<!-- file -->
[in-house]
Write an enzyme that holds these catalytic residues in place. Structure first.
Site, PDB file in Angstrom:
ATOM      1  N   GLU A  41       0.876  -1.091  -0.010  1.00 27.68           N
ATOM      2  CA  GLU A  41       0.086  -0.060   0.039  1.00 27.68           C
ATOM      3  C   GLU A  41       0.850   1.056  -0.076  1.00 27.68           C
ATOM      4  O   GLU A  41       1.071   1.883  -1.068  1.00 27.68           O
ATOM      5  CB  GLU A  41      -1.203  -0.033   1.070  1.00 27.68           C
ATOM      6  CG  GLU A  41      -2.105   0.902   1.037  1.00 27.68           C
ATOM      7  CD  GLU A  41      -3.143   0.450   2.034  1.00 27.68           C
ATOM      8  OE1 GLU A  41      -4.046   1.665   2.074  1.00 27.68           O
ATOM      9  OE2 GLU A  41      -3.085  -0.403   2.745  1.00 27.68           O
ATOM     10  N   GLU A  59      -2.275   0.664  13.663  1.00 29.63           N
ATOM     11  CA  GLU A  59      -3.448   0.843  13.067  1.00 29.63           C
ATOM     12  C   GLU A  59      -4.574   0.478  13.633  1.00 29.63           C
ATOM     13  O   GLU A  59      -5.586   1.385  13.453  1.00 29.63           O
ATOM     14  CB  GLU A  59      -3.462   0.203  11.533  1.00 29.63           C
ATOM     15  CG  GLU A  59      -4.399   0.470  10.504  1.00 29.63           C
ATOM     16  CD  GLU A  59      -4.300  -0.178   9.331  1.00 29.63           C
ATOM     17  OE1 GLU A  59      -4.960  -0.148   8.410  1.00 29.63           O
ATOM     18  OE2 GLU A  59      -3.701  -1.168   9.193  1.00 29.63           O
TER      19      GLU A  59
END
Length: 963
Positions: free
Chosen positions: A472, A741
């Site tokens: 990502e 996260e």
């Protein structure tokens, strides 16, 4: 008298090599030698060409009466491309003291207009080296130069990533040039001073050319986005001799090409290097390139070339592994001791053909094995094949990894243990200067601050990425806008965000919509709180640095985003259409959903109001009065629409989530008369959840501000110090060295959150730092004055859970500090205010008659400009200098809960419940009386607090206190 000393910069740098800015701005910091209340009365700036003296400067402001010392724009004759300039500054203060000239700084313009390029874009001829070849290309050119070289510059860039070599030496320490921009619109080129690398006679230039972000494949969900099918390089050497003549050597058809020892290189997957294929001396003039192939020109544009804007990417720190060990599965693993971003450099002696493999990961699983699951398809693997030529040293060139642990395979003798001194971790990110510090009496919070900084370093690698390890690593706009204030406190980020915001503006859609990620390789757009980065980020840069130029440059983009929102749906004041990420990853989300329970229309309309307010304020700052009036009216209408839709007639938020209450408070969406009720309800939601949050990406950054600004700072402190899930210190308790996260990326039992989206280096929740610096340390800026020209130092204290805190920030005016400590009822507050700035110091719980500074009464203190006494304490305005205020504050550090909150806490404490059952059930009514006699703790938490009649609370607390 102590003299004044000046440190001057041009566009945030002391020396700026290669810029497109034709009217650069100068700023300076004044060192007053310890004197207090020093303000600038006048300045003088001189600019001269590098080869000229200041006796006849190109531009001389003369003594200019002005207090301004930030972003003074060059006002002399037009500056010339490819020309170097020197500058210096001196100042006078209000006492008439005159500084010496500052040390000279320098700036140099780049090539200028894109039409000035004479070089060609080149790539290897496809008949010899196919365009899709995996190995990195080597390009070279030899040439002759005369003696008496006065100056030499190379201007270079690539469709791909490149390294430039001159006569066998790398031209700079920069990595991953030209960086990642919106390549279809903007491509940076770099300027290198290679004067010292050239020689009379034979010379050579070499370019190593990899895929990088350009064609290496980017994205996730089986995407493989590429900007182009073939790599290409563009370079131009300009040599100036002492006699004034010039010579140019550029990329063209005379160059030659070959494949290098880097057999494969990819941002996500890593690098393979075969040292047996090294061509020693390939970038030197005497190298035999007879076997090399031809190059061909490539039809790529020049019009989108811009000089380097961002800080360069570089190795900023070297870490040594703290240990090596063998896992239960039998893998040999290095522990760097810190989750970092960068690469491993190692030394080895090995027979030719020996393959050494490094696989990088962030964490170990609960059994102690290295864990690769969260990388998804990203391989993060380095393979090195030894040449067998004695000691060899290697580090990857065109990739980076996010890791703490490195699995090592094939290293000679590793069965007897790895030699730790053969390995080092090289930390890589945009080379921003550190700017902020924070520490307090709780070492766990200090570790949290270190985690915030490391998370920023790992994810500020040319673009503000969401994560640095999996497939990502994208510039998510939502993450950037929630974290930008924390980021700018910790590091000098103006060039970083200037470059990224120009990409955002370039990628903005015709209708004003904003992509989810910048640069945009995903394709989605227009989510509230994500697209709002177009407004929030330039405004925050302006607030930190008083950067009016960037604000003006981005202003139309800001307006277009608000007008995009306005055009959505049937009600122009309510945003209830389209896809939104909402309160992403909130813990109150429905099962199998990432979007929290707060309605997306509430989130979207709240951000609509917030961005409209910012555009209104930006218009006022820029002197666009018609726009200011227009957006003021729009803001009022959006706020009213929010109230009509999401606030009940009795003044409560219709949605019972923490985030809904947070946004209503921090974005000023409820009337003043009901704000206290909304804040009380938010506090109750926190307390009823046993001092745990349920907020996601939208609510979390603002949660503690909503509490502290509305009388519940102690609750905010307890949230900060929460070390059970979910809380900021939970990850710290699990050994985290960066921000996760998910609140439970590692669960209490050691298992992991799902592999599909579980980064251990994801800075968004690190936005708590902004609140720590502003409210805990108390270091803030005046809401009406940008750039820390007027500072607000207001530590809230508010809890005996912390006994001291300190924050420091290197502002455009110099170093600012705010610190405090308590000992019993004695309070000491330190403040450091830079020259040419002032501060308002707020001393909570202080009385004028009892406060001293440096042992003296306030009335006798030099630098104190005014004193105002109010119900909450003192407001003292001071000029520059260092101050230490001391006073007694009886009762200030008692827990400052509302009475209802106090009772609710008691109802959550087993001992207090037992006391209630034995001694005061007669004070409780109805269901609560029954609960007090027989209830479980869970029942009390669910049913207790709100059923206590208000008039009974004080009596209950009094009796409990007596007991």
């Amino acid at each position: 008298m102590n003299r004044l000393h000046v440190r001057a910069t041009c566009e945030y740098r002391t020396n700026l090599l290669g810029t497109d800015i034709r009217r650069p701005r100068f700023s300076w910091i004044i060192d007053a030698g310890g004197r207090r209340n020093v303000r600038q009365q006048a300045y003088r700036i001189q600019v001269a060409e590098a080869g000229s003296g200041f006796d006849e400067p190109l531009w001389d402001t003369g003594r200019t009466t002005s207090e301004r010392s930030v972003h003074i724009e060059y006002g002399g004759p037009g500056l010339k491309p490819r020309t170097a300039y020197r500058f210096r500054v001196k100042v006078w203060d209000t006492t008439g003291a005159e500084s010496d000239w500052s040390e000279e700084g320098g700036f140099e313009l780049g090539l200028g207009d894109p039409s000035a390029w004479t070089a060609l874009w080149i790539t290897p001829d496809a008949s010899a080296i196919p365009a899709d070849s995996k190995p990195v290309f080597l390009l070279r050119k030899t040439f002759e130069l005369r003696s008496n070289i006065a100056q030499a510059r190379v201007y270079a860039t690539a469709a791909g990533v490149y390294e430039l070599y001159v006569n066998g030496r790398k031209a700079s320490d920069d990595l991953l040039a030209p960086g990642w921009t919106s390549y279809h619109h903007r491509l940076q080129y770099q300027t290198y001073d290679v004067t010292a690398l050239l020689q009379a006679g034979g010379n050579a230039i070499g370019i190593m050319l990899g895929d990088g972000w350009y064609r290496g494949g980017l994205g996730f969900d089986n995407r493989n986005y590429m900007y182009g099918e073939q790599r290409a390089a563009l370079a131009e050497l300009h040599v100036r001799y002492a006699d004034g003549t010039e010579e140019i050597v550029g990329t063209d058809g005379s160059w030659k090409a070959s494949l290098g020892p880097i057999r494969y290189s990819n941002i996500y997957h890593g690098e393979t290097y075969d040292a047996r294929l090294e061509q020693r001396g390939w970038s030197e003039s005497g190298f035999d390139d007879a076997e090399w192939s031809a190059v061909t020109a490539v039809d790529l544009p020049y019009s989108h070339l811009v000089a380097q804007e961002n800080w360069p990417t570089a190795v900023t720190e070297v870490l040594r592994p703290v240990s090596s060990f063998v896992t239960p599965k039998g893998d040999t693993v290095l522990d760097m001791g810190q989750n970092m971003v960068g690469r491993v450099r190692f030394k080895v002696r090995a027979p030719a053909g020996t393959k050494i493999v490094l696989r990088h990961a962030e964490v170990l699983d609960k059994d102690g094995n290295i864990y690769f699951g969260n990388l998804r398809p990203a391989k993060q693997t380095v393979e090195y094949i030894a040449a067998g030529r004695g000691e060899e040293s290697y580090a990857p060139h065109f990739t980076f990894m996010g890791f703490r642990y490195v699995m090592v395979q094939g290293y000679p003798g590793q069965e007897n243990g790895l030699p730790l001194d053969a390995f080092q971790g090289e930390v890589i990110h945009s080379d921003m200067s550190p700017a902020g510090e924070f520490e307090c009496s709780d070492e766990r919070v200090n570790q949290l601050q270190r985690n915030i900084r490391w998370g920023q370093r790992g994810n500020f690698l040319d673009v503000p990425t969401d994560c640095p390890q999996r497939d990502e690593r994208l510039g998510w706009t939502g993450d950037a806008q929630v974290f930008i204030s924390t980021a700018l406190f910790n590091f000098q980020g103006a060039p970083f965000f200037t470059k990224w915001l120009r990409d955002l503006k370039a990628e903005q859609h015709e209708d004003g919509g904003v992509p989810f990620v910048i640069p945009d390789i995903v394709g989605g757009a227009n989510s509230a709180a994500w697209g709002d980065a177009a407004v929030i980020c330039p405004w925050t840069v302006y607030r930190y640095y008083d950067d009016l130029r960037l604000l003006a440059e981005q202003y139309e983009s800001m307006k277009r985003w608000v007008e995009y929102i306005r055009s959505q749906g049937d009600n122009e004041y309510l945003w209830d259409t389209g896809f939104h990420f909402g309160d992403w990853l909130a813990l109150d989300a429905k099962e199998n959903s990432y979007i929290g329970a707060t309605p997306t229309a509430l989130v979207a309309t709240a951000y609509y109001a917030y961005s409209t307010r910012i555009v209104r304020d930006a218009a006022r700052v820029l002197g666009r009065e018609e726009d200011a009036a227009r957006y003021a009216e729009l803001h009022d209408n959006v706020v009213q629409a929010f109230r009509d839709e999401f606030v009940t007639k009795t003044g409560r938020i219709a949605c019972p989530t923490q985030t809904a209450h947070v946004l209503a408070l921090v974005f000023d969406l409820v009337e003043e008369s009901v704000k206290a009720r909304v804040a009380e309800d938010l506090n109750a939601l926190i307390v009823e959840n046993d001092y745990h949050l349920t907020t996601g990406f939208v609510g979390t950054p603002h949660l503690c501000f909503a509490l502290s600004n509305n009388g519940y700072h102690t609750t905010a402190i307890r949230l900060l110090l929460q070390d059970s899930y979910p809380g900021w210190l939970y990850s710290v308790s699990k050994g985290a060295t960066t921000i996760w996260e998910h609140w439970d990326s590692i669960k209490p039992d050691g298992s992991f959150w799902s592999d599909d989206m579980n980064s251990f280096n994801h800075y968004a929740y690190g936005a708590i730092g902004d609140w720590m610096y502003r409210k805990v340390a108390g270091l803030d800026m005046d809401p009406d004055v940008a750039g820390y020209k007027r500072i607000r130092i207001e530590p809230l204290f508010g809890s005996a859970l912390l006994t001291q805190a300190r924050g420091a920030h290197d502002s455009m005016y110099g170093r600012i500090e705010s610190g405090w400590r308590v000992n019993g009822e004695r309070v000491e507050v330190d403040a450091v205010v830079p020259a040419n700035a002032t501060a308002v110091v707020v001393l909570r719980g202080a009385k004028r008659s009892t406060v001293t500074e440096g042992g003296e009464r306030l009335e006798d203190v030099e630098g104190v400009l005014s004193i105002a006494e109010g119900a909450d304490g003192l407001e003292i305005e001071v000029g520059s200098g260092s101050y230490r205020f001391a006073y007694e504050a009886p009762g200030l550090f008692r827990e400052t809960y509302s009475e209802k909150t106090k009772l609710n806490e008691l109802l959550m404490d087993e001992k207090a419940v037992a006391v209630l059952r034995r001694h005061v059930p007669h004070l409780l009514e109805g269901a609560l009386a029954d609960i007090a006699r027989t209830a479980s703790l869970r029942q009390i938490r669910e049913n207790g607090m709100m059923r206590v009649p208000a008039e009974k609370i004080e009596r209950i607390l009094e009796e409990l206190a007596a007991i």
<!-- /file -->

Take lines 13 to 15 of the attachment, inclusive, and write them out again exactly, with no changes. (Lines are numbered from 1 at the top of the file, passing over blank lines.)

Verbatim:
ATOM     10  N   GLU A  59      -2.275   0.664  13.663  1.00 29.63           N
ATOM     11  CA  GLU A  59      -3.448   0.843  13.067  1.00 29.63           C
ATOM     12  C   GLU A  59      -4.574   0.478  13.633  1.00 29.63           C